Against the peak power demand hovering at 20,000 megawatt (mw) in UP 4-5 days back, the aggregate power demand has dipped to 16,000-17,000 mw after pre-monsoon showers lashed large parts of the state over the past 1-2 days.
Consequently, the public and private sector power generating units have also pared their generation to that level, sources said.
The power availability at present in UP stands at 18,000 Mw from all the sources, including state power generating units and 7,000 Mw imported from the central sector. Since, the aggregate demand has fallen, the thermal power production has also been cut for the larger safety of grid and maintaining balance between the demand-supply matrices.
While, the state power utility UP Power Corporation Limited (UPPCL) and the different distribution companies (discoms) have managed to balance power demand-supply, yet during the dry spells in monsoon, the power demand normally shoots up due to humid weather with domestic sector demand going up.
Coal also becomes wet during monsoons, which decreases their calorific value and puts pressure on power generation. At the same time, the coal supply crunch also poses problems before the state energy mandarins to provide adequate power in the state. The power generation companies have been asked to keep sufficient coal stock for the monsoon months ahead.
Meanwhile, Centre for Science and Environment (CSE) today suggested the Yogi Adityanath government to develop a network of mini grid electricity systems to supply adequate power to the rural areas in the state.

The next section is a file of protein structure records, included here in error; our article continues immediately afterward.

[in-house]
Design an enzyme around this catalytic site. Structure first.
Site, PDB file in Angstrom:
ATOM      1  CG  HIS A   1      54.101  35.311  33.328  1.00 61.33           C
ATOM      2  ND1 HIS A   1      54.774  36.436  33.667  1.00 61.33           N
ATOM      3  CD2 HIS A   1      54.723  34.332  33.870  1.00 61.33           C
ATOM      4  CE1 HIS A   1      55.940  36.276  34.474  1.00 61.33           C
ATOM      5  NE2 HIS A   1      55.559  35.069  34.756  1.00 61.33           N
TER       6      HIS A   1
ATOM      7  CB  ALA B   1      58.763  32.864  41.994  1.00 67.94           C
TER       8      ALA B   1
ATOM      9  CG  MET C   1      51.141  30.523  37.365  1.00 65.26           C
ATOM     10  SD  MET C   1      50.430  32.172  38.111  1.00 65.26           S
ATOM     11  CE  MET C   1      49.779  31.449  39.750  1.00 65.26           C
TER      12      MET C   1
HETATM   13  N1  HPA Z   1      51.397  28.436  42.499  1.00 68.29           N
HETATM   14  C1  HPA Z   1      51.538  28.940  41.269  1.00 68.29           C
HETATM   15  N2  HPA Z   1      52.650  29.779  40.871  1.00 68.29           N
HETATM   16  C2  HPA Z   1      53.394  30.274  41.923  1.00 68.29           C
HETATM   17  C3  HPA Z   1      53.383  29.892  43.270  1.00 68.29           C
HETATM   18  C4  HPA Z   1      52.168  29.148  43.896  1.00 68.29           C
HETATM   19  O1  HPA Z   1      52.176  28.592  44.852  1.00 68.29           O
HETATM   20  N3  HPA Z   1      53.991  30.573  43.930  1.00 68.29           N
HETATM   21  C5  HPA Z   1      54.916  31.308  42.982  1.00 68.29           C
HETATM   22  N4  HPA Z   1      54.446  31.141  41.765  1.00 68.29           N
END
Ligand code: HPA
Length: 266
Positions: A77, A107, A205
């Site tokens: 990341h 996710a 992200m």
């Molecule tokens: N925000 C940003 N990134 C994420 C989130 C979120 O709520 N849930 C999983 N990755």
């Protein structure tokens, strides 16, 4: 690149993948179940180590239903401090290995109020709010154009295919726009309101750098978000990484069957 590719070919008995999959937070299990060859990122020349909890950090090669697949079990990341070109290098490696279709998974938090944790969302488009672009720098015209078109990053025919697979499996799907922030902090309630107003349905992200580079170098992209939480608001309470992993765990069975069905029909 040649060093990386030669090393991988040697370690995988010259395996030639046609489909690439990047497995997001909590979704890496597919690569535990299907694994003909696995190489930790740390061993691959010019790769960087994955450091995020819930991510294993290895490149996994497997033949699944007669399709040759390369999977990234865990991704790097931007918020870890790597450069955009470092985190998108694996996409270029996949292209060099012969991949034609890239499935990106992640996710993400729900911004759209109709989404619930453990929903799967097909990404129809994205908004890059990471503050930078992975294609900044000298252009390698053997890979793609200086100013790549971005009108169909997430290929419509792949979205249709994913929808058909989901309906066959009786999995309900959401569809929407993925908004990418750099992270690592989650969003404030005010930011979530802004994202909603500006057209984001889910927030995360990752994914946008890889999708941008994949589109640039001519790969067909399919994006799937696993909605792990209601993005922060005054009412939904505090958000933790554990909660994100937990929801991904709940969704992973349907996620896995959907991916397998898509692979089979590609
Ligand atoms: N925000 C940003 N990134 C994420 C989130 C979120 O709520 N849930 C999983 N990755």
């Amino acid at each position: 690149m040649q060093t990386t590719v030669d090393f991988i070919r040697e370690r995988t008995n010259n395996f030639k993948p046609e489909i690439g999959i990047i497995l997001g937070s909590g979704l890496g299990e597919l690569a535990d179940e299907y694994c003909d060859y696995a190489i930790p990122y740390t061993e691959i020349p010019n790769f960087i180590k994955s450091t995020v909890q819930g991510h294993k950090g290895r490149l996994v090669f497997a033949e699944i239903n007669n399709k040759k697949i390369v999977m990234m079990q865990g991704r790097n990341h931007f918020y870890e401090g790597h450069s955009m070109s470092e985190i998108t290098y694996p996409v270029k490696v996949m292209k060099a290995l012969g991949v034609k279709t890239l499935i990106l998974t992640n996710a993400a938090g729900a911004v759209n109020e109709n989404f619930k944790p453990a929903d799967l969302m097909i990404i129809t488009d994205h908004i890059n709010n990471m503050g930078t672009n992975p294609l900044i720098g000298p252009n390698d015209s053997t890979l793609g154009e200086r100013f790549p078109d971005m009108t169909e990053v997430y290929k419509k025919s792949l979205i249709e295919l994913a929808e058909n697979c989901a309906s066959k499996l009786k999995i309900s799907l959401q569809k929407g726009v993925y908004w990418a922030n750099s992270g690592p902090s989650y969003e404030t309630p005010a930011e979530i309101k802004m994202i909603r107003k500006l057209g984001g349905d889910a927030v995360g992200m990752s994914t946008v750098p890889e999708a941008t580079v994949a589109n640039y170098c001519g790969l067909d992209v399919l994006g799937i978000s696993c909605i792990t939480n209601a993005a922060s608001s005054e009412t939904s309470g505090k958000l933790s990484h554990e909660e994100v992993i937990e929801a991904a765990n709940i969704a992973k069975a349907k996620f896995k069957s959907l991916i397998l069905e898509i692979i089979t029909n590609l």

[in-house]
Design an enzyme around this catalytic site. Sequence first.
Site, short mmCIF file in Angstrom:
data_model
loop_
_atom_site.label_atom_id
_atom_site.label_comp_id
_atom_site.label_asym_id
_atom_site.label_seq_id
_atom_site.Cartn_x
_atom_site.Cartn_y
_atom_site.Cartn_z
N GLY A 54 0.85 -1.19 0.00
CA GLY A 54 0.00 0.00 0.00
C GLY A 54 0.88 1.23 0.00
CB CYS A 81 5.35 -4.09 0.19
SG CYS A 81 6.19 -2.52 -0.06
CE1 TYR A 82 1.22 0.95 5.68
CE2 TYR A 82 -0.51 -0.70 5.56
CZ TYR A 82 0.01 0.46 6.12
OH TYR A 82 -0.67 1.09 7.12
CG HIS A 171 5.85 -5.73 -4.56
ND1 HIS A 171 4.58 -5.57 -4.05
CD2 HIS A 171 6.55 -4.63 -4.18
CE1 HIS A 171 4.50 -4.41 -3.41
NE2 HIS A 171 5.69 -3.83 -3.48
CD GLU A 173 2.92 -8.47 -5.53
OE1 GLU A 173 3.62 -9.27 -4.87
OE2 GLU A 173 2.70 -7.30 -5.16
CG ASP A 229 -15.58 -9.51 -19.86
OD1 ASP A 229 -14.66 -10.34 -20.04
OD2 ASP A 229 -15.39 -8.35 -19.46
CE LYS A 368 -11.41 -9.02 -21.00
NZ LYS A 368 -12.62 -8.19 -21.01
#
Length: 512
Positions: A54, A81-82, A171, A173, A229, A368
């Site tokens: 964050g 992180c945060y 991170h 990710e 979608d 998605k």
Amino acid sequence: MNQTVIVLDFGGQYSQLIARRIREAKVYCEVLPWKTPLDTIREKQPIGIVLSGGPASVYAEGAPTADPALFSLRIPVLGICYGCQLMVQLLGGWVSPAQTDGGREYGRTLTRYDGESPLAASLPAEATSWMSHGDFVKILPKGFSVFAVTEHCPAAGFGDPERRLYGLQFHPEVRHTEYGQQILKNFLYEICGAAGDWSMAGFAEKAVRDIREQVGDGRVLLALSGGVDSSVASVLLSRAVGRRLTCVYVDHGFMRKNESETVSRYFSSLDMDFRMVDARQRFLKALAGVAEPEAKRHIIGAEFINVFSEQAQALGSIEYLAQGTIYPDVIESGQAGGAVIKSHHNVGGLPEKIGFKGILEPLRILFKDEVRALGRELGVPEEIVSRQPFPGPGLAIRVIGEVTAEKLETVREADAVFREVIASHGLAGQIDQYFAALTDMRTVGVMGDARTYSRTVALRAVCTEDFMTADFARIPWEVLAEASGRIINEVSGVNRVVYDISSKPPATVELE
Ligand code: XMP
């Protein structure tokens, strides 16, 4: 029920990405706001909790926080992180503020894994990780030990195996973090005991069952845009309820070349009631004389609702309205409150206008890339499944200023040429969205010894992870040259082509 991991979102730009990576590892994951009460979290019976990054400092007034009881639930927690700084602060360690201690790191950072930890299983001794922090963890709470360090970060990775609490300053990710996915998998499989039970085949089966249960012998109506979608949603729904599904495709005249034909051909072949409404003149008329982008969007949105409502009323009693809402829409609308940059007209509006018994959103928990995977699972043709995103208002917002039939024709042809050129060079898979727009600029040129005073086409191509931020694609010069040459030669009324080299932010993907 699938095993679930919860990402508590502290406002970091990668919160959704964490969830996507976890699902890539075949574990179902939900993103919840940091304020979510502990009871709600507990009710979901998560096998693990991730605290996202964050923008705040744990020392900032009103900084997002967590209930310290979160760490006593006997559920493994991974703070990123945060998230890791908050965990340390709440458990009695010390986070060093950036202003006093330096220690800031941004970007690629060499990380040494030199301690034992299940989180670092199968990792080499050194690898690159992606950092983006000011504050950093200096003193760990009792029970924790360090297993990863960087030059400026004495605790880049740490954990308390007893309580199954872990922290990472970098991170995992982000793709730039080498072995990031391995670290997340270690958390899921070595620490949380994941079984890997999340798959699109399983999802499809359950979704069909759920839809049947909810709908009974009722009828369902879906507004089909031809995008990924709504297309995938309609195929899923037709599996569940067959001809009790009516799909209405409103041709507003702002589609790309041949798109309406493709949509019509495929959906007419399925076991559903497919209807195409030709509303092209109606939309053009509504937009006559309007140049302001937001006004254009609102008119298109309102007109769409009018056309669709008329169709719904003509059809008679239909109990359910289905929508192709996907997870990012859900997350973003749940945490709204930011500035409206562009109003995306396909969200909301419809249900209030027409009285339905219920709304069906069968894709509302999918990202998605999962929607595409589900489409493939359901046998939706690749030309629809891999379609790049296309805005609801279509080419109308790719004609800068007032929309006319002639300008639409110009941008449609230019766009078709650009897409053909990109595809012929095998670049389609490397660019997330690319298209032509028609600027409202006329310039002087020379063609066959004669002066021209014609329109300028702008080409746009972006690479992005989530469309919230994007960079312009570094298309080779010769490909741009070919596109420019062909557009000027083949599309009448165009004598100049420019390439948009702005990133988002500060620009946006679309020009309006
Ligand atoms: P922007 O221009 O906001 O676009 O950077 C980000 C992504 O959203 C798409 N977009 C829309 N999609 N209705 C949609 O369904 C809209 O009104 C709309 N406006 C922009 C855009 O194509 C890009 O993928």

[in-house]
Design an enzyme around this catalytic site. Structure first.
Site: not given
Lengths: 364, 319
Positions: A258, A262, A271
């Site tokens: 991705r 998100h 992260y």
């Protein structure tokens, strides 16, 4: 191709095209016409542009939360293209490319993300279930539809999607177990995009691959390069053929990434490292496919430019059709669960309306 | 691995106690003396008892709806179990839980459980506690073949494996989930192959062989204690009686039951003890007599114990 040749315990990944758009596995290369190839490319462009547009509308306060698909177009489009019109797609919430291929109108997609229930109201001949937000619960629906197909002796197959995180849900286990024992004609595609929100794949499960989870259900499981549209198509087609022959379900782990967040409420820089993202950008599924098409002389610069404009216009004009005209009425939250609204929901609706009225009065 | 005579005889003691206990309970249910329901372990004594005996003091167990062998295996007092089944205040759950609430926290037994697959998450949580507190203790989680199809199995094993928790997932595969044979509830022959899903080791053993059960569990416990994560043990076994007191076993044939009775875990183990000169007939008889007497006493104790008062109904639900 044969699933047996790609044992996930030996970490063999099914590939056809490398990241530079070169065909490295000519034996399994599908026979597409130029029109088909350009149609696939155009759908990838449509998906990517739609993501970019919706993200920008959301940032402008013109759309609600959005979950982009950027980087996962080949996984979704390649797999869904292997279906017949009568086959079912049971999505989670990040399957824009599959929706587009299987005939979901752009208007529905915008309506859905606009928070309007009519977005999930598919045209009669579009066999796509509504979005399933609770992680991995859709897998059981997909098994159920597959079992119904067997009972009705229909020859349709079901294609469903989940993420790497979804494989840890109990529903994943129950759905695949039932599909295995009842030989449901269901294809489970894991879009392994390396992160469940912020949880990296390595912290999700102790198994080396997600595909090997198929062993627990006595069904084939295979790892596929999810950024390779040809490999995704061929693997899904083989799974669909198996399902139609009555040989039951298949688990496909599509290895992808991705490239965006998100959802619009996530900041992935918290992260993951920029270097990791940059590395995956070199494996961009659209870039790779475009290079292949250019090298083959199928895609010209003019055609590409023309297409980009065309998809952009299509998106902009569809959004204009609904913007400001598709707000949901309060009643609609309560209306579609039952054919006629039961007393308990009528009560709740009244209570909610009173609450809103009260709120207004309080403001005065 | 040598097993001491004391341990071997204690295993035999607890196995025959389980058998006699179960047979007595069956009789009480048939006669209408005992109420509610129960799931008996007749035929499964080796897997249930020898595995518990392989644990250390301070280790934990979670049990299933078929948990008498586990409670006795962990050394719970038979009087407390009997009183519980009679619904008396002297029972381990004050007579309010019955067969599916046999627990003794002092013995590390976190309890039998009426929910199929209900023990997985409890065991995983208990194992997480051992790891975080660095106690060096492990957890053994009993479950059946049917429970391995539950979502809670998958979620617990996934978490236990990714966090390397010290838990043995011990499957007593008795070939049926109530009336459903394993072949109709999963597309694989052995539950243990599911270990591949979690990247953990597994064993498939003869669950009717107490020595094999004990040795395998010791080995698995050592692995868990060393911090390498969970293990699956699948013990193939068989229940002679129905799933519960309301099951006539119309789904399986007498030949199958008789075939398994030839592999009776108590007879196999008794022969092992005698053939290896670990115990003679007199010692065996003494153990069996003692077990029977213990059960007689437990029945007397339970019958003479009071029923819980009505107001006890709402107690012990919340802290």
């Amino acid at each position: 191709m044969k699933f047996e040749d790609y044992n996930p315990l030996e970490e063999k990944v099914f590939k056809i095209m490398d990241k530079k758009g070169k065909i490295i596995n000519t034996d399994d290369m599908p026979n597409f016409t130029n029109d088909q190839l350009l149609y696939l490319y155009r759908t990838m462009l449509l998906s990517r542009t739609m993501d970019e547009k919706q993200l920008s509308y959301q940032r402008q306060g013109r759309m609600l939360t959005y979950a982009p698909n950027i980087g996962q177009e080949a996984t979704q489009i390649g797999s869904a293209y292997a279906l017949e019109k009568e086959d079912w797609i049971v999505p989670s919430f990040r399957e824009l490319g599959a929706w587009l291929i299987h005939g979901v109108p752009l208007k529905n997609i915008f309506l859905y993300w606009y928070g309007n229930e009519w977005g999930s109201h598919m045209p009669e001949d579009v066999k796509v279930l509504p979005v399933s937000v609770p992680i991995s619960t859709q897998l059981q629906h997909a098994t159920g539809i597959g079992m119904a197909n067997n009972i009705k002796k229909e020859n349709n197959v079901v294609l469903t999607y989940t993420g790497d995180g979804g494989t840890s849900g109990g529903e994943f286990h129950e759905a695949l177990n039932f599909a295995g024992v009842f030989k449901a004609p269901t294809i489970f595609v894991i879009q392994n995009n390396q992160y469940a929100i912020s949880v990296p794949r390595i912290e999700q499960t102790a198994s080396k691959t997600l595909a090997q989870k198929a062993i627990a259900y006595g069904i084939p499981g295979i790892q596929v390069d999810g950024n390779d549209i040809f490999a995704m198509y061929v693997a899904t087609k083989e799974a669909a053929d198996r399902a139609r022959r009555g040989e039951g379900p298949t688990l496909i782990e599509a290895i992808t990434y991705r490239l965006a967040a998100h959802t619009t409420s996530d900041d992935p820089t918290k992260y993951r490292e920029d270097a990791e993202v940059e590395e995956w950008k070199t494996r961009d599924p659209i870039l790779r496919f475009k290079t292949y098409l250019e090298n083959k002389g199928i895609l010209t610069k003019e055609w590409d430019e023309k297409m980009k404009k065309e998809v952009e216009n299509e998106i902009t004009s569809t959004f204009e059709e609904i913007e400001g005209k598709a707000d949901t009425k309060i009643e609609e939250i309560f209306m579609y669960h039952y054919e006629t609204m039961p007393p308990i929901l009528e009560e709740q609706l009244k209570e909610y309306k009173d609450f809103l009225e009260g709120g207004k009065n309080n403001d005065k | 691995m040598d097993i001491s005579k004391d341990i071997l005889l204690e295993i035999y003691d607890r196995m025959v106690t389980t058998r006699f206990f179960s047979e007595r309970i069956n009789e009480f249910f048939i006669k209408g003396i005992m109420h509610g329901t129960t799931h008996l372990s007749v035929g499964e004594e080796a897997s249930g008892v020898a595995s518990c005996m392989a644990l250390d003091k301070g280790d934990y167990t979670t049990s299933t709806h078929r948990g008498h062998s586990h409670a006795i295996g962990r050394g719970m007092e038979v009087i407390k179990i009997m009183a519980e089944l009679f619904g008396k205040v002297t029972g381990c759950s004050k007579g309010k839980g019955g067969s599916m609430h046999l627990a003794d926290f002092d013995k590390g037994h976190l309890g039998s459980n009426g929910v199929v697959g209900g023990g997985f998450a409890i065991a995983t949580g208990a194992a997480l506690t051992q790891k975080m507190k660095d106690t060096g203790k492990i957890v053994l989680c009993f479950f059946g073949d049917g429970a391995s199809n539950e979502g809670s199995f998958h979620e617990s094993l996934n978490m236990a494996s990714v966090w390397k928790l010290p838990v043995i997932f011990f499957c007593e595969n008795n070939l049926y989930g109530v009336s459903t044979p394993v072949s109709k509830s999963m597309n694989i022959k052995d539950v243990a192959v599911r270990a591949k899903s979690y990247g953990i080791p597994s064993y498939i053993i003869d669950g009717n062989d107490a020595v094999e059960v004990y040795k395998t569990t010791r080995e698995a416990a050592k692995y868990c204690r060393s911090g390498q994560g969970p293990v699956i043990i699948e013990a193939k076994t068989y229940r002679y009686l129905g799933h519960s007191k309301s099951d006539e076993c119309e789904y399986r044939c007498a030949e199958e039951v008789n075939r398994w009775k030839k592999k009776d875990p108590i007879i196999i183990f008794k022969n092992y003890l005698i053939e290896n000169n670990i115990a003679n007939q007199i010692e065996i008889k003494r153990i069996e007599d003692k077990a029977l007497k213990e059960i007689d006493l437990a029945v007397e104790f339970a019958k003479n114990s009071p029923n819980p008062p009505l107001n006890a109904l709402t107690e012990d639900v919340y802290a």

In its report titled ‘Mini-grids in Uttar Pradesh – Policy Lessons’, CSE claimed a fifth of rural UP was living sans power despite he massive growth in electricity infrastructure in recent years. Currently, 14.2 million households in rural UP lack access to power connections and despite government claims, power supply remained limited to 10-16 hours, the report said. The state government is targetting to electricity all households in coming years.
According to CSE, since, power crunch was likely to persist, mini-grid could resolve the situation for UP over the next 5-10 years. These mini-grids could be supplied power through small renewable energy units, including solar or biomass based. The private sector should be provided subsidies for generation and distribution asset development.
At present unregulated mini-grid sector development has led to consumers paying exorbitant tariffs of above Rs 20 per unit for 6-8 hours of power supply.
CSE held a round-table conference to discuss the role of mini-grid generators in addressing UP energy challenge. The meet was attended by the representatives of UP New and Renewable Energy Development Agency (UPNEDA), UP Electricity Regulatory Commission (UPERC), distribution companies (discoms), experts, mini-grid developers and investors.